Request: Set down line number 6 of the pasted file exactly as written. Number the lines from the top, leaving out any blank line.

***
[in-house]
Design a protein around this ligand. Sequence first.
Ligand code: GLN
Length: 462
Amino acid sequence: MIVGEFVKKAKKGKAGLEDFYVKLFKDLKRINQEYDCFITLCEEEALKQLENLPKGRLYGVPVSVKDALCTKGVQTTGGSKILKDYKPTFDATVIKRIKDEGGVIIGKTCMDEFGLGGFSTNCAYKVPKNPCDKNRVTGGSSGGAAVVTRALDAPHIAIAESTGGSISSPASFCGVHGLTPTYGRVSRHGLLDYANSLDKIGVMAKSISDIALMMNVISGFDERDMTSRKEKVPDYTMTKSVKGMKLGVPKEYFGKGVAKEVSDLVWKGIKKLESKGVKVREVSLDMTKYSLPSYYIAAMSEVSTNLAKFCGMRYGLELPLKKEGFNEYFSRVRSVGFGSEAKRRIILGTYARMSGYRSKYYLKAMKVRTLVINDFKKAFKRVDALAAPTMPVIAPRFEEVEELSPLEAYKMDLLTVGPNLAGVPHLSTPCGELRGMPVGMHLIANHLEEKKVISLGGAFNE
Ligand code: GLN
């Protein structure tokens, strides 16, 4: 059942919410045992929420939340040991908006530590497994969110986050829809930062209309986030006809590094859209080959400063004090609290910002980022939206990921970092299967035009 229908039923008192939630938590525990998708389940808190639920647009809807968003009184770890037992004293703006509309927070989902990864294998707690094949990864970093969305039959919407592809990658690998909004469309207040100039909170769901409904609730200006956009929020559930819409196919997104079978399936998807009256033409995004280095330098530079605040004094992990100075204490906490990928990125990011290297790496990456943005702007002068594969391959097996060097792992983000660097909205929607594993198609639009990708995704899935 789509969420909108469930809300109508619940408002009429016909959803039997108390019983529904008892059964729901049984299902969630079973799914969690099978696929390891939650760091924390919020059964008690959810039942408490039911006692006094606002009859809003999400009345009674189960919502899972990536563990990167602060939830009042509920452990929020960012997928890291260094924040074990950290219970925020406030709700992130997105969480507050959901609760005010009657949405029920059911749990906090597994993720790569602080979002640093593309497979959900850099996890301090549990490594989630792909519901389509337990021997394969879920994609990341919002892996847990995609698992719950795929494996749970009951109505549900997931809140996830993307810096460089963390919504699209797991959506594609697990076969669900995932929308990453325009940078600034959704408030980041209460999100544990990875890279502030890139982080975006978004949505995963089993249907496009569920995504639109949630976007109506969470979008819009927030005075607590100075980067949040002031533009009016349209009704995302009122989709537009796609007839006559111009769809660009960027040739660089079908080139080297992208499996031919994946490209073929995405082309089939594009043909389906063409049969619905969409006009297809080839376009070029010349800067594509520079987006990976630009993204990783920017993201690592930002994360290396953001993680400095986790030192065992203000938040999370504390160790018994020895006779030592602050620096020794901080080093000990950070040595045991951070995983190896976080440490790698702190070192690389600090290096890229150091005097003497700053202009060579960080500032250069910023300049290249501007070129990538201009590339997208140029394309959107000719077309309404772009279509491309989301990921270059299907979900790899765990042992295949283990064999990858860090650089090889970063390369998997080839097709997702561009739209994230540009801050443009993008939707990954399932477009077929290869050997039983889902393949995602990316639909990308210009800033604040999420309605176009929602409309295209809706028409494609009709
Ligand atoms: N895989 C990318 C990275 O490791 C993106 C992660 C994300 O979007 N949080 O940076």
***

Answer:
Ligand code: GLN